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Ron Radosh

Yesterday, the only adult among a group of congressional kindergartners, Rep. Paul Ryan, released his budget proposal for the future. The Democratic establishment immediately responded with the kind of knee-jerk all-out attacks we have come to expect from them. Rep. Nancy Pelosi tweeted: “The #GOP Ryan budget is a path to poverty for America’s seniors & children and a road to riches for big oil #GOPvalues.”  Not wanting to be outdone, the top Democrat on the House Budget Committee, Rep. Chris Van Hollen, said: “It is not courageous to protect tax breaks for millionaires, oil companies and other big-money special interests while slashing our investment in education, ending the current health care guarantees for seniors on Medicare, and denying health care coverage to tens of millions of Americans.”

It is the usual reactionary Democratic talking points, all meant to scare seniors, make the public believe their access to health care will come to an end, and create a scenario for huge tax increases to make up the deficit.

That is why I almost fell off my chair when I read the very liberal Jacob Weisberg, editor of the Slate Group, respond with a thoughtful article titled “Good Plan!” which states in the heading subtitle that Ryan’s budget proposal is “brave, radical and smart.” I can just see Slate’s readers scratching their heads and asking themselves what has happened to Weisberg. They must have thought for a brief moment that they had logged on to PJM or National Review Online by mistake.

Weisberg understands that there is a genuine problem, and that both Republicans and Democrats have, as he puts it, been lax in confronting “the nation’s long-term fiscal imbalance, which is driven by the projected growth in entitlement spending.” Weisberg goes on to write that “this dynamic of political evasion and reality-denial may have undergone a fundamental shift today with the release of Rep. Paul Ryan’s 2012 budget resolution.”  Hoping that Republicans will get behind it, Weisberg writes that if they do, the Republican Party “will become for the first time in modern memory an intellectually serious party — one with a coherent vision to match its rhetoric of limited government.”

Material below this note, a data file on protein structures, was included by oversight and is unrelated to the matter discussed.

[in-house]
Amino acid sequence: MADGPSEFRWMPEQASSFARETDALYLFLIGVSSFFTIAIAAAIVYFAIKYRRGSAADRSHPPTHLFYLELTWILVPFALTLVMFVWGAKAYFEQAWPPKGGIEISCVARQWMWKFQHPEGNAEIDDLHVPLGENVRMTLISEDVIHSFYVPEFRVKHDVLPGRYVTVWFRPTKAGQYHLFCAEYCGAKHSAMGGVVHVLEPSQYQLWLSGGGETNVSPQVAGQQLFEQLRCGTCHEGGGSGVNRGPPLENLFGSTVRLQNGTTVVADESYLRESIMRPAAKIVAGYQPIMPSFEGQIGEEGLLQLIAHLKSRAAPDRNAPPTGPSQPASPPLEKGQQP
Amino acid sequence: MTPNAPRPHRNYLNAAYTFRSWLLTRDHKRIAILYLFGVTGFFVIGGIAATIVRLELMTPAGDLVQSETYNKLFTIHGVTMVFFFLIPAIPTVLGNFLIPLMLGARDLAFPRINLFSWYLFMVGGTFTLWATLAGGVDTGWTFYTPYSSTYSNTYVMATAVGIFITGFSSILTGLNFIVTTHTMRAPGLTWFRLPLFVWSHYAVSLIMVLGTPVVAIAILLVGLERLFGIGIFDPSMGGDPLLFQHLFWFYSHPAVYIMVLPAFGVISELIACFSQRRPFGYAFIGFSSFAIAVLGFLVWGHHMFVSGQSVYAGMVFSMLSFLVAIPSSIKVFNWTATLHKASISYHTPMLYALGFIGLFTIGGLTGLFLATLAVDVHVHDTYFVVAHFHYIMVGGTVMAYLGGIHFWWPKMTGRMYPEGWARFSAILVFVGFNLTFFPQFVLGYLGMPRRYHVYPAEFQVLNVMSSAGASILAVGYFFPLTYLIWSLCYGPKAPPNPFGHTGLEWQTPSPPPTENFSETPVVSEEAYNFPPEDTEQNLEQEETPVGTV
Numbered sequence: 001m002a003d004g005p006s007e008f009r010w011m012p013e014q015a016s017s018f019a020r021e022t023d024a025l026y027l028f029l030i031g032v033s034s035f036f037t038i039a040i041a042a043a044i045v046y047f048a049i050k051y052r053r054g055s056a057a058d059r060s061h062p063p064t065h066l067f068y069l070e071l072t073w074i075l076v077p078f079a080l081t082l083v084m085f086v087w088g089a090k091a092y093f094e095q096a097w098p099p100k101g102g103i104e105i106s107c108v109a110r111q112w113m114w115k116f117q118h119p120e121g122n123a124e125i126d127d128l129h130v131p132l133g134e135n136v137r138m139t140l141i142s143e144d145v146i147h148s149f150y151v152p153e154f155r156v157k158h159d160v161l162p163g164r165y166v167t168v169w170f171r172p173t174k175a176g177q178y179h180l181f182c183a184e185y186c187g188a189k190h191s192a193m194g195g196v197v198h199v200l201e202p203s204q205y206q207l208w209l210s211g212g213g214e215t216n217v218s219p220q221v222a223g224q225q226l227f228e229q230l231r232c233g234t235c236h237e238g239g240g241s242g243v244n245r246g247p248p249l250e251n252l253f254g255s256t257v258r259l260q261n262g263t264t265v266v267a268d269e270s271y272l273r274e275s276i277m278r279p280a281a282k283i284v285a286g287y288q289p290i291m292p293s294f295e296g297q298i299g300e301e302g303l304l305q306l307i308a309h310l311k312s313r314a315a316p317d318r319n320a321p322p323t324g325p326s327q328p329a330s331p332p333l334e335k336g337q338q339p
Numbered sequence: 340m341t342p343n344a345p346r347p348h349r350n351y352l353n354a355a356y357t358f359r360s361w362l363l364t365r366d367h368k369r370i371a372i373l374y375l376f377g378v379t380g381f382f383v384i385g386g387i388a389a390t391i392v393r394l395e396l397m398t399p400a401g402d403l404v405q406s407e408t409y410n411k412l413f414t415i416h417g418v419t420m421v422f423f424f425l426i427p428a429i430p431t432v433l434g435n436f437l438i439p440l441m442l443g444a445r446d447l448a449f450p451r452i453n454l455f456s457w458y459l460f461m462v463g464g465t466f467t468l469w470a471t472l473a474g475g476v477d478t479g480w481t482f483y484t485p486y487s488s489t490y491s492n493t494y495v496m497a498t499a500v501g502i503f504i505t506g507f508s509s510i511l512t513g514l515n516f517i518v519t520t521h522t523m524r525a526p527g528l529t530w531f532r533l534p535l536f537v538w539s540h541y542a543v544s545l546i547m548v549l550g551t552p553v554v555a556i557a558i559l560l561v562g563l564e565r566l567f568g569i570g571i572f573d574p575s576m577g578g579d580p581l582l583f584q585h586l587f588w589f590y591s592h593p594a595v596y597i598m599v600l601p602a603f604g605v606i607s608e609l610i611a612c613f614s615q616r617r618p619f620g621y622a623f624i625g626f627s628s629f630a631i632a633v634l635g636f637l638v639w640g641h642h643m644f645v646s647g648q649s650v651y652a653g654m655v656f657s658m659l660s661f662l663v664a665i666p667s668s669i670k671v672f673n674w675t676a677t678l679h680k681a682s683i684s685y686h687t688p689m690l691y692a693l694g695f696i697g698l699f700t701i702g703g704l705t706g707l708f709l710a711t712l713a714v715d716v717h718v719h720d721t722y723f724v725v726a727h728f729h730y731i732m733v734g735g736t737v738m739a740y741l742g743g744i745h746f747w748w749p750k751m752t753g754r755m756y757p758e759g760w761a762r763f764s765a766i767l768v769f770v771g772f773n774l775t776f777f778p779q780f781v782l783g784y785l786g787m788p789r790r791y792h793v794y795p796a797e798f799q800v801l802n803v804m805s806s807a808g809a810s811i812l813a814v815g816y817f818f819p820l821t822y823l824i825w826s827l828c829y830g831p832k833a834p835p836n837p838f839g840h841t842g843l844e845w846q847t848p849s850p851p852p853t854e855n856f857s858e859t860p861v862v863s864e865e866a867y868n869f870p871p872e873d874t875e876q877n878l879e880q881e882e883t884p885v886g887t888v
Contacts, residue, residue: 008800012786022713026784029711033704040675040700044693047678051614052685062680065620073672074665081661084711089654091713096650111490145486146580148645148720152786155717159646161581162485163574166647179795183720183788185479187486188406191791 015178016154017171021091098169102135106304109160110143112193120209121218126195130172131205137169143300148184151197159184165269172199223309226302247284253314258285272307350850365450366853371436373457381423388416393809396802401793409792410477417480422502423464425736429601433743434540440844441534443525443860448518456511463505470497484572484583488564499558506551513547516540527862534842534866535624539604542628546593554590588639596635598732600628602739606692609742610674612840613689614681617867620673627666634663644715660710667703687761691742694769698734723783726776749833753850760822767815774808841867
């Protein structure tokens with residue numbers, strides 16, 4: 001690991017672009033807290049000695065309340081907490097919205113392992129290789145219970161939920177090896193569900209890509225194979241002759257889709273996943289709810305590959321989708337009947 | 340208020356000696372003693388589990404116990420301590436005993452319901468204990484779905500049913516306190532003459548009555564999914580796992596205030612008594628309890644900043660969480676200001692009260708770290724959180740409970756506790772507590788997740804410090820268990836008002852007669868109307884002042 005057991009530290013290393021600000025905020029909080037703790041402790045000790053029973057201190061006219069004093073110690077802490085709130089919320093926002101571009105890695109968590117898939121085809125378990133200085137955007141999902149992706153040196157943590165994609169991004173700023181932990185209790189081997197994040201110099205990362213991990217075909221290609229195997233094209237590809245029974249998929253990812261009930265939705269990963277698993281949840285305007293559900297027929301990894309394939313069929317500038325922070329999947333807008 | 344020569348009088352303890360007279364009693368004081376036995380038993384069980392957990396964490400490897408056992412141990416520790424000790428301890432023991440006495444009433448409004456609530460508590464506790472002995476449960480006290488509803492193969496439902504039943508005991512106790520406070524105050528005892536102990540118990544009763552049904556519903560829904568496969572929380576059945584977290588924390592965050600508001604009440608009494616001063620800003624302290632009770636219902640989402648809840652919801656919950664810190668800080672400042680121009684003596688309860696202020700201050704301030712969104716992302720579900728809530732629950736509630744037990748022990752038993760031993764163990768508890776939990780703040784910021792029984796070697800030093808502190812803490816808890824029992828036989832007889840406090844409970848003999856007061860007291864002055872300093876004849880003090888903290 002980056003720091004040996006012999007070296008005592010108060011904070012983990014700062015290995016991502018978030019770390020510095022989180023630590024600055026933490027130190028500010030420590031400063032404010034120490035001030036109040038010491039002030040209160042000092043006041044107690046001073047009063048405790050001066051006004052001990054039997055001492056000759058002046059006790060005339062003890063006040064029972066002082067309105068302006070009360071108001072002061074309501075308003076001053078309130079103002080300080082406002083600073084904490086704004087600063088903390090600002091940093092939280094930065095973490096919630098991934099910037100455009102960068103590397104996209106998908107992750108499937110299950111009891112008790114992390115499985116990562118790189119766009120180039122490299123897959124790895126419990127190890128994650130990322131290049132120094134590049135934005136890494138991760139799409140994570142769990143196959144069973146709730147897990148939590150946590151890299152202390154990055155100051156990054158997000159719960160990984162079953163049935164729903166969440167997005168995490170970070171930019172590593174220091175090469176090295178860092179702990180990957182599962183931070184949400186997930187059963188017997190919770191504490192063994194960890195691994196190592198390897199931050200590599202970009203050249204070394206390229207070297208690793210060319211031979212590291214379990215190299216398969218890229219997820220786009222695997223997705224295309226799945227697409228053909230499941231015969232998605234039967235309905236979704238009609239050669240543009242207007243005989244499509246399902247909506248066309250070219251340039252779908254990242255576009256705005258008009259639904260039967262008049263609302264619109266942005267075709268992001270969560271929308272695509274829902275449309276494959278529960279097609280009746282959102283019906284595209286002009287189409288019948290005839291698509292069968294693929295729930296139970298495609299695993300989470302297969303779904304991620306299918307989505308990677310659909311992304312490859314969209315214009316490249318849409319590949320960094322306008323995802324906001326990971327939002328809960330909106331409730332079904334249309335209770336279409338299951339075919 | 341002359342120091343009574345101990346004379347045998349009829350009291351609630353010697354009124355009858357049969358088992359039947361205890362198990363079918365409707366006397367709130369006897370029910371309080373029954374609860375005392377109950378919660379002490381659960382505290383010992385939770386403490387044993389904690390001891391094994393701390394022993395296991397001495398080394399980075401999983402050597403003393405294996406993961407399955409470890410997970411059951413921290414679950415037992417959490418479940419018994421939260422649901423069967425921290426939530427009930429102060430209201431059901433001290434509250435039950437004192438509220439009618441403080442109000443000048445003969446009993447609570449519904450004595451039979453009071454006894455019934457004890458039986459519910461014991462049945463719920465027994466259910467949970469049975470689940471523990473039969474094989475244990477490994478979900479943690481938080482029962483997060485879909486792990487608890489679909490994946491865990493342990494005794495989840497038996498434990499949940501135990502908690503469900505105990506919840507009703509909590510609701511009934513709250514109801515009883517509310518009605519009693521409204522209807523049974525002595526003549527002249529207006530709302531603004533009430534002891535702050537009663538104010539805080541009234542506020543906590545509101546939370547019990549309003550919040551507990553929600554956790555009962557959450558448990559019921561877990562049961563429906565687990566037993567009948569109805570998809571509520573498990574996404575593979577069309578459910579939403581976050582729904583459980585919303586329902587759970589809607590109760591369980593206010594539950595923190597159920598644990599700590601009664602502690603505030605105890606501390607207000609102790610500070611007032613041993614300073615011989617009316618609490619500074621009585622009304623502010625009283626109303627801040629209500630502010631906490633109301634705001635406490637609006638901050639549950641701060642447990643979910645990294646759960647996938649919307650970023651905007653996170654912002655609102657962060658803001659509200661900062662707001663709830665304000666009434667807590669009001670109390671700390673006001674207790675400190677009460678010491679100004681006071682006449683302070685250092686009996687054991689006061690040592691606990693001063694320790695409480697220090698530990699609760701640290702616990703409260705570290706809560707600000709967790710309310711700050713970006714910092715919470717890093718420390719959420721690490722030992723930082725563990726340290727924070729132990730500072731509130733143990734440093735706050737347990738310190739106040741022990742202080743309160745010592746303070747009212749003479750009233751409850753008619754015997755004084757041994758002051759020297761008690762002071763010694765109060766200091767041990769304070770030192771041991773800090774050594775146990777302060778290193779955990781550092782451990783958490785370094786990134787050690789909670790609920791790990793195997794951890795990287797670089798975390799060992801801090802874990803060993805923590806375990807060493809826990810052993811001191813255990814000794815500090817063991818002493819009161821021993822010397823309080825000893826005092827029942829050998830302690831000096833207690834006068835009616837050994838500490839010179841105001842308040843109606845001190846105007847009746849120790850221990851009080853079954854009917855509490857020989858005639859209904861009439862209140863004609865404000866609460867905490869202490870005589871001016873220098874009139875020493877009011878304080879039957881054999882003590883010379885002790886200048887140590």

Weisberg even argues that liberals, rather than respond in the fashion that they have already begun to, consider whether some of Ryan’s proposals might serve them, as well as the country. He doesn’t even reject Ryan’s proposal to turn Medicare into a voucher plan, and writes that “it’s hard to make a principled liberal case for the program in its current form.” And he adds that “Ryan’s alternative to Medicare hardly seems as terrible as Paul Krugman makes out.” The Ryan plan, he notes, is not one that spells an end to the social safety net. He writes:

Eventually, cost control would require some tough decisions about end-of-life care and the rationing of high-tech treatments that have limited efficacy. But starting with a value of $15,000 per year, per senior—the amount government now spends on Medicare—Ryan’s vouchers should provide excellent coverage. His change would amount to a minor amendment to the social contract, not a fundamental revision of it.

Pointing out that Ryan’s proposal would provide “excellent coverage” for seniors is exactly the opposite of the scare tactics all other Democrats are engaging in. Failure to follow Ryan’s lead, he warns, could create a “debt-driven economic crisis” that would “cast a pall over the country’s entire future.” For a moment, Weisberg sounds like — Glenn Beck!

Of course, Weisberg is still a liberal, who favors modest tax increases, and he has some criticism of the Ryan plan. Ryan, he argues, “skirts the question of which deductions and tax subsidies he’d eliminate to pay for these lower [tax] rates.” But he concludes that “more than anyone else in politics, Rep. Ryan has made a serious attempt to grapple with the long-term fiscal issues the country faces.” So I give kudos to Weisberg. He has dared to go against the liberal grain, and has congratulated Ryan for having a “largely coherent, workable set of answers.”

All of this leads me to highly recommend one of the most important essays written in many a year, by Yuval Levin, the editor of National Affairs. Levin’s article is the perfect companion piece to both Weisberg’s comments as well as Paul Ryan’s budget proposal. Levin has written a very long philosophical piece that carefully delineates and critiques the liberal world-view, and that reveals the difference between how conservatives and liberals perceive the world around them.  His point is stated right at the beginning:

But these [regulatory agencies and the massive entitlement system] are mostly symptoms of our mounting unease. The most significant cause runs deeper. We have the feeling that profound and unsettling change is afoot because the vision that has dominated our political imagination for a century — the vision of the social-democratic welfare state — is drained and growing bankrupt, and it is not yet clear just what will take its place.

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